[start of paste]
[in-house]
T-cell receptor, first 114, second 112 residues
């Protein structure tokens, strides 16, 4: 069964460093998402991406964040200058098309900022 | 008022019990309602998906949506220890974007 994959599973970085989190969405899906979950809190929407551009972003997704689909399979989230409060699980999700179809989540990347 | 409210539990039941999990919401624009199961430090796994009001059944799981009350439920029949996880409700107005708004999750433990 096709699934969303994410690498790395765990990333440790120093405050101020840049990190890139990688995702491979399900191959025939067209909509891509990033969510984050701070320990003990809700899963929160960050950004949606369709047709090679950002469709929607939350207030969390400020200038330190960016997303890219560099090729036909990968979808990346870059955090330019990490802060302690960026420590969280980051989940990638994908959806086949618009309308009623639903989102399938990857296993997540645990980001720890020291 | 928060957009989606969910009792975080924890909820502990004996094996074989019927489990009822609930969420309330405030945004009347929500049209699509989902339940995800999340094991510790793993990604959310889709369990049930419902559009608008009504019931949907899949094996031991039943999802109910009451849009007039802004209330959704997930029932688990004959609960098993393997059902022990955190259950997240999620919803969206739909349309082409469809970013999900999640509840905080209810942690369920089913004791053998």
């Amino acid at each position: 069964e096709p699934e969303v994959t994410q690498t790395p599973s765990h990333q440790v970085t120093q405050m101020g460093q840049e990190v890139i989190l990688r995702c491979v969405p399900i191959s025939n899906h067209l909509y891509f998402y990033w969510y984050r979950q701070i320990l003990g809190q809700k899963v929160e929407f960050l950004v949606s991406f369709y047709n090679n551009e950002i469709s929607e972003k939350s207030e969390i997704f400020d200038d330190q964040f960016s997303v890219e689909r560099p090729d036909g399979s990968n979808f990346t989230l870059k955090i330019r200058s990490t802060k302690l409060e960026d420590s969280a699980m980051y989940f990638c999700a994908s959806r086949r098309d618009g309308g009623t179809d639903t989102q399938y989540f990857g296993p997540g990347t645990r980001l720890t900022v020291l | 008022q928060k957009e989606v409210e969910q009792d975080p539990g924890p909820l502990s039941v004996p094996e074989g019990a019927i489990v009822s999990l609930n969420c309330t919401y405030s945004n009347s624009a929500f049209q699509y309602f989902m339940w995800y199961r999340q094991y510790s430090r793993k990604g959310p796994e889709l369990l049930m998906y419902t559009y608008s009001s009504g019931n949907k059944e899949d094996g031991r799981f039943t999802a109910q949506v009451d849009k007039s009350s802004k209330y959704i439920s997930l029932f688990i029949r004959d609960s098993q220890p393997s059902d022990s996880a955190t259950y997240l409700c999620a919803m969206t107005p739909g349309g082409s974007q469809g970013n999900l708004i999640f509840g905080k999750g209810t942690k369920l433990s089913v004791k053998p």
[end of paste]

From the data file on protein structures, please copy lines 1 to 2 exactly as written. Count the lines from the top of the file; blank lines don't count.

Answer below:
[in-house]
T-cell receptor, first 114, second 112 residues